MADISON, Conn. (AP) — Police in a wealthy Connecticut town where the 2010 killing of Barbara Hamburg remains unsolved are fighting a judge's order to turn over investigative files to two documentary filmmakers, including Hamburg's son.
Madison police earlier this month appealed the order to the state Appellate Court, in a case that could have wide implications for access to police cold case files in the state, the Hartford Courant reported Saturday.
Barbara Hamburg was found slain outside her home on March 3, 2010, when Madison Hamburg was a teenager. The documentary looked at suspicions his family and police had about his father, Jeffrey Hamburg, who has denied involvement.
Hamburg's son, Madison Hamburg, and producer Anike Niemeyer requested the files while filming the “Murder on Middle Beach” documentary series on Barbara Hamburg's killing that ran on HBO last year. The police department rejected the request.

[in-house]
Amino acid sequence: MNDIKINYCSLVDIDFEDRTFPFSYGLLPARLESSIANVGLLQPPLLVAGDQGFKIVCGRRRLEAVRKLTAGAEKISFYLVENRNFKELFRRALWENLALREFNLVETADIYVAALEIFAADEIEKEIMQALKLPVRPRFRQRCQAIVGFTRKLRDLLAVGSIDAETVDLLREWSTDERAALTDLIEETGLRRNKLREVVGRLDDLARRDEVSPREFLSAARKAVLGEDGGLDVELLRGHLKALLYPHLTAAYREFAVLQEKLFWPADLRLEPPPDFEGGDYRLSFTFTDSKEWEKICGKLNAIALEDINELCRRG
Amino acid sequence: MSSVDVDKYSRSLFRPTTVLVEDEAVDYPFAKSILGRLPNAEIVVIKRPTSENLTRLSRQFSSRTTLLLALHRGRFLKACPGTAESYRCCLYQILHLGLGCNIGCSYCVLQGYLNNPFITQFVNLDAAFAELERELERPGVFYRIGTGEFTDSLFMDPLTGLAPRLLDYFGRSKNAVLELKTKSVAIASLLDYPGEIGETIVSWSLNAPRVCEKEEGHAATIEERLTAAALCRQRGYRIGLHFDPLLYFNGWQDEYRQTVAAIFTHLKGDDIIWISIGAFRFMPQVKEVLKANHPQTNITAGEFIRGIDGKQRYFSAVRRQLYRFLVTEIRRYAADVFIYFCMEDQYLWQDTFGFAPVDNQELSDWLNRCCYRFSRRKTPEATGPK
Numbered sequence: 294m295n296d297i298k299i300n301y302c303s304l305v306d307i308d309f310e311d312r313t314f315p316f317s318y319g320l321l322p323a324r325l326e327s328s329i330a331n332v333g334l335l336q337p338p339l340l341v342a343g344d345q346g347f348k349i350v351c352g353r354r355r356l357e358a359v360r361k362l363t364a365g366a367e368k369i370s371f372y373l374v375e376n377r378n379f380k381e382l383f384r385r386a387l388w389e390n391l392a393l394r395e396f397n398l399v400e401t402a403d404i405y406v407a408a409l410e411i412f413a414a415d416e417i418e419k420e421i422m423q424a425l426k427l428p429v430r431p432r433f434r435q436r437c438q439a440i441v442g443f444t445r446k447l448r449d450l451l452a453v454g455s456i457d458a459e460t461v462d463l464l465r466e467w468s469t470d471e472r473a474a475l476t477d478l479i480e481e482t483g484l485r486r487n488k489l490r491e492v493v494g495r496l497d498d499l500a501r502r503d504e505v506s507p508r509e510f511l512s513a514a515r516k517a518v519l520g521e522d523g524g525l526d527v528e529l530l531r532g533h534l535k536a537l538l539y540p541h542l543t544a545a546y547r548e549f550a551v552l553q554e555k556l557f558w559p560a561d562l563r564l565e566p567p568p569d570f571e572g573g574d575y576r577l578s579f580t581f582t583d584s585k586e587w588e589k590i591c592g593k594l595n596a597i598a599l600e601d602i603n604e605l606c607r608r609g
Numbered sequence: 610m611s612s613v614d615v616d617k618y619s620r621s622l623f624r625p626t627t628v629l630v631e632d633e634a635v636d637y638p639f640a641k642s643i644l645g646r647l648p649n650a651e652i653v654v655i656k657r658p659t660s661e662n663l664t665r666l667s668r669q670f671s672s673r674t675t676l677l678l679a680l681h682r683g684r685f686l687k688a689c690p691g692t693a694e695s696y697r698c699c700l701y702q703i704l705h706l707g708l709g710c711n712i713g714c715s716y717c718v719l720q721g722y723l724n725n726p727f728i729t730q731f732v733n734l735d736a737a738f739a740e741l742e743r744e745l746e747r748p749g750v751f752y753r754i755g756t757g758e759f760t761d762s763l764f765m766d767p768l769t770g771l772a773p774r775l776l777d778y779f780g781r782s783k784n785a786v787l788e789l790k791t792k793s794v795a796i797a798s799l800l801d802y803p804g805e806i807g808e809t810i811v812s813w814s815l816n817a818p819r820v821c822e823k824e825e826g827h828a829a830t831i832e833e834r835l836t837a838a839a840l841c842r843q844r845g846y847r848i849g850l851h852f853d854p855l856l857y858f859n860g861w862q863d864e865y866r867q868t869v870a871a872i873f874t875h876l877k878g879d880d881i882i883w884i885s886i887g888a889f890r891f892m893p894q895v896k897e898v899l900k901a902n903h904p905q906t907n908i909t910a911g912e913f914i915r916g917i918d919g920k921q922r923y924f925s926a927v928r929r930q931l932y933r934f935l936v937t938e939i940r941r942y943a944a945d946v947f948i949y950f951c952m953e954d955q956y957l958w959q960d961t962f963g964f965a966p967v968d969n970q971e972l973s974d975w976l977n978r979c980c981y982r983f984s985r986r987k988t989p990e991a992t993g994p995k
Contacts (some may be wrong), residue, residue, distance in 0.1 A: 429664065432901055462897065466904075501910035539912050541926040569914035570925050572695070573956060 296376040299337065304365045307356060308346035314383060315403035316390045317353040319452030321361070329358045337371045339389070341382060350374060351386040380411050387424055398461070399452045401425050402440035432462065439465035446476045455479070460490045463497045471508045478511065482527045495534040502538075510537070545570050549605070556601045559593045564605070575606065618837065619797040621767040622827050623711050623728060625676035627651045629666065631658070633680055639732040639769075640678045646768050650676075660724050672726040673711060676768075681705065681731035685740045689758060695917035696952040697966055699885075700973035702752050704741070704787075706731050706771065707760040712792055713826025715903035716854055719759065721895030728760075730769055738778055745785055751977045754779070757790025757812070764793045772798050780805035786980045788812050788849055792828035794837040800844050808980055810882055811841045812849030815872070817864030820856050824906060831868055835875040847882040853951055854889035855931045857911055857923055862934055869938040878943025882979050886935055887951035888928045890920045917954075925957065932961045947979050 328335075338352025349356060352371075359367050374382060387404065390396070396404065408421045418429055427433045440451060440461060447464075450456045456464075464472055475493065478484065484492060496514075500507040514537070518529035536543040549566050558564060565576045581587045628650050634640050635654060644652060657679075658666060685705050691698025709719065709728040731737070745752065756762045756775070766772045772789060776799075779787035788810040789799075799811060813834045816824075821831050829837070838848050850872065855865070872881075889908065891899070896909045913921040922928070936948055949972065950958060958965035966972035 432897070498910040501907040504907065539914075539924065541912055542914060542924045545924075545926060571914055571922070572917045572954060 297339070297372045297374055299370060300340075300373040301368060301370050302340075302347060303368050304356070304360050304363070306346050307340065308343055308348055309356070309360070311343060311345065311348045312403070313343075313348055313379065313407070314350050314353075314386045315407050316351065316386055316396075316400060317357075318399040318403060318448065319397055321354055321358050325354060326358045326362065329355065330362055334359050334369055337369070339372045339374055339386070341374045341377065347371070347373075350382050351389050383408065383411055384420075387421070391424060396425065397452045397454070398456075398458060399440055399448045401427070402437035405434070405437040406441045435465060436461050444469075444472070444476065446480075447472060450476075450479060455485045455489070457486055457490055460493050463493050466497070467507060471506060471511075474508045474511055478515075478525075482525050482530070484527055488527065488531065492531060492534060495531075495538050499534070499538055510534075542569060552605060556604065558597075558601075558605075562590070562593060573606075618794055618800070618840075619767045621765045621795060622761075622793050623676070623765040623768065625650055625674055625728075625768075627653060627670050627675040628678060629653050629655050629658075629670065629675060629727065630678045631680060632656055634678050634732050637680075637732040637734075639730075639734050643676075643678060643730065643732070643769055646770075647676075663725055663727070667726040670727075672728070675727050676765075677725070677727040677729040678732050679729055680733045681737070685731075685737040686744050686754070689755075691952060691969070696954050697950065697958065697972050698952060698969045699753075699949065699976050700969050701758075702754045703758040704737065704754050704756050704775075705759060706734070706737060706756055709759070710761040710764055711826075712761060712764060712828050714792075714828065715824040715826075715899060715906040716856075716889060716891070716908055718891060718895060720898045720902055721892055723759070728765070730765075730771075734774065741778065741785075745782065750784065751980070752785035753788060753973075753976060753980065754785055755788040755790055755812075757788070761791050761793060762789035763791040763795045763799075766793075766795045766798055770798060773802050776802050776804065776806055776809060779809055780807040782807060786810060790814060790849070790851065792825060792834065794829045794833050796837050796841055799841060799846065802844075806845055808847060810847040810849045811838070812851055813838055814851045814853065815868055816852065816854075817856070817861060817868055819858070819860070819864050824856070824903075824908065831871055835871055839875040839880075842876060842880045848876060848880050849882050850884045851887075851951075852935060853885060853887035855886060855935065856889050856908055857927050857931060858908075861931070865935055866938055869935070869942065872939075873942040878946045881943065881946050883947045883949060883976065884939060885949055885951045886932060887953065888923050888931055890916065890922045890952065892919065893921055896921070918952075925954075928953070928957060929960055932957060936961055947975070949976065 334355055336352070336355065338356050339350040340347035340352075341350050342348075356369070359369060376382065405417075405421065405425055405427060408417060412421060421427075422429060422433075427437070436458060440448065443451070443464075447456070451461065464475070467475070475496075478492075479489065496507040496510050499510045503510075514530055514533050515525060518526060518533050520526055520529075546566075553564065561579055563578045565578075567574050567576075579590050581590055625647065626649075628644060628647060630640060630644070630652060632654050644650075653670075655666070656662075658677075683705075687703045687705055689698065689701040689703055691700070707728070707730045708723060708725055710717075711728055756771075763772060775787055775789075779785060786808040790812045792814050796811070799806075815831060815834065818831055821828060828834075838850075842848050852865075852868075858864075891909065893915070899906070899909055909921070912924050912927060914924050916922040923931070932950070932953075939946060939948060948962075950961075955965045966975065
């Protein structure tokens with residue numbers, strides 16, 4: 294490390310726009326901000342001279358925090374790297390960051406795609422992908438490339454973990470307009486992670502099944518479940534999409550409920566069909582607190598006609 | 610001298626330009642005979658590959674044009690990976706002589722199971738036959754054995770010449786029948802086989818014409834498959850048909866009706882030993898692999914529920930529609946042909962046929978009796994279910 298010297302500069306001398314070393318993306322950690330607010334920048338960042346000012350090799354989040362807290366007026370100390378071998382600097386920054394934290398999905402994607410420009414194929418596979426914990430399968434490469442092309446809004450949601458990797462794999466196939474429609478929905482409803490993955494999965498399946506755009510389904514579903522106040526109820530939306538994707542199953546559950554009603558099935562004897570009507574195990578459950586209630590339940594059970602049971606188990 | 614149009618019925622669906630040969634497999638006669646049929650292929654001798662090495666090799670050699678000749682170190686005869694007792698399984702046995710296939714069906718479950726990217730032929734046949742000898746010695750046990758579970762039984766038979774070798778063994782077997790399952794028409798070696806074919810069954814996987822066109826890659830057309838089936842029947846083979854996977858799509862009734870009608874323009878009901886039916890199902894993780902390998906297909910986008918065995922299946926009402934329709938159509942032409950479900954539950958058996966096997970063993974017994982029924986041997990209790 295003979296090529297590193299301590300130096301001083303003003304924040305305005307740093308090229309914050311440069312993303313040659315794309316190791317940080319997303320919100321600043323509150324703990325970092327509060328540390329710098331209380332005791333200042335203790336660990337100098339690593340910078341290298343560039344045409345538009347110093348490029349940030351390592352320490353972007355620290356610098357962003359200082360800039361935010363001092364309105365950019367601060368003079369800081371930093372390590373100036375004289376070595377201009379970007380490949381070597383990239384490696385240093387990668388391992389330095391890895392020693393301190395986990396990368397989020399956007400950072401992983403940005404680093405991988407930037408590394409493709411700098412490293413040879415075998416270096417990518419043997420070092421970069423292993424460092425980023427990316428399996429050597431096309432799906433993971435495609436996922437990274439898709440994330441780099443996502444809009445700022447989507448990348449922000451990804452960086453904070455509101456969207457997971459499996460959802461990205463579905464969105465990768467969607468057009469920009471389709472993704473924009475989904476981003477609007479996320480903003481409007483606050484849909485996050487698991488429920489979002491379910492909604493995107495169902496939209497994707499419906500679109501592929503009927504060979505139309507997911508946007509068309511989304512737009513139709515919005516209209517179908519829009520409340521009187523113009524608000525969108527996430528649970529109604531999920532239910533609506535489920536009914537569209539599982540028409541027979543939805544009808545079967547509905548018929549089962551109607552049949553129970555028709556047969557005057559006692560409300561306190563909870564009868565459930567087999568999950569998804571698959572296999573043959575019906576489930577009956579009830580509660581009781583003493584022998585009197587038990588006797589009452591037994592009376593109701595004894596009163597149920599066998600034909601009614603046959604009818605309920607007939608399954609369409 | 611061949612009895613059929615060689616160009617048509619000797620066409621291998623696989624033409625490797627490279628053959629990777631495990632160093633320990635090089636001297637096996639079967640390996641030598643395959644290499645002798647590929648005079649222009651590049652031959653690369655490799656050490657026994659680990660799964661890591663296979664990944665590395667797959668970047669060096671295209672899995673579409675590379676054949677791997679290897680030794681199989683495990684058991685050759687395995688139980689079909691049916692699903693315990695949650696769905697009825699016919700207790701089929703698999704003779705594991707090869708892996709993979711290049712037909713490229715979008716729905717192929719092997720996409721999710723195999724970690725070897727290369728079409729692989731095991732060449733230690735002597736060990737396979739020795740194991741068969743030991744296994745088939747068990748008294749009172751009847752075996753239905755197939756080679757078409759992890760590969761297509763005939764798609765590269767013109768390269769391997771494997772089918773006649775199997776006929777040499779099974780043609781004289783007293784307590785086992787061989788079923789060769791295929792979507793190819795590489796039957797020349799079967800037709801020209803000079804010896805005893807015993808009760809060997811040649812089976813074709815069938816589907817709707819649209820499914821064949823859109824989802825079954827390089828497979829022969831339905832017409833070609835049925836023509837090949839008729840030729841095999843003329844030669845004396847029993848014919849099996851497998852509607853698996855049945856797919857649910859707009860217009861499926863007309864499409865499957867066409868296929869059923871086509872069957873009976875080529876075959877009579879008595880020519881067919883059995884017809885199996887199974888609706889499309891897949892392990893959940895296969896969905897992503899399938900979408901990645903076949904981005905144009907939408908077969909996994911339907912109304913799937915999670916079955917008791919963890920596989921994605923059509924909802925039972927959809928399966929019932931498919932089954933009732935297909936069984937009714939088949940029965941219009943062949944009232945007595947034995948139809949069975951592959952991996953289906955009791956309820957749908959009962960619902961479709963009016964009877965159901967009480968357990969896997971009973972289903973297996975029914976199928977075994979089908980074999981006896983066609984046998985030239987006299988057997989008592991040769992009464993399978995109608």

They appealed to the state Freedom of Information Commission, which ruled last year that police must release the files. Police initially turned over two boxes of materials to Madison Hamburg and Niemeyer, but later reversed course and appealed that ruling to Superior Court.
Judge Daniel Klau upheld the commission's ruling last month, but police appealed that decision to the state Appellate Court last week. The judge said the case raises questions about when to publicly release investigative files on a cold case.
Madison police did not return messages from the Courant seeking comment. Police have argued they do not have to release the documents because the investigation remains open.
The Associated Press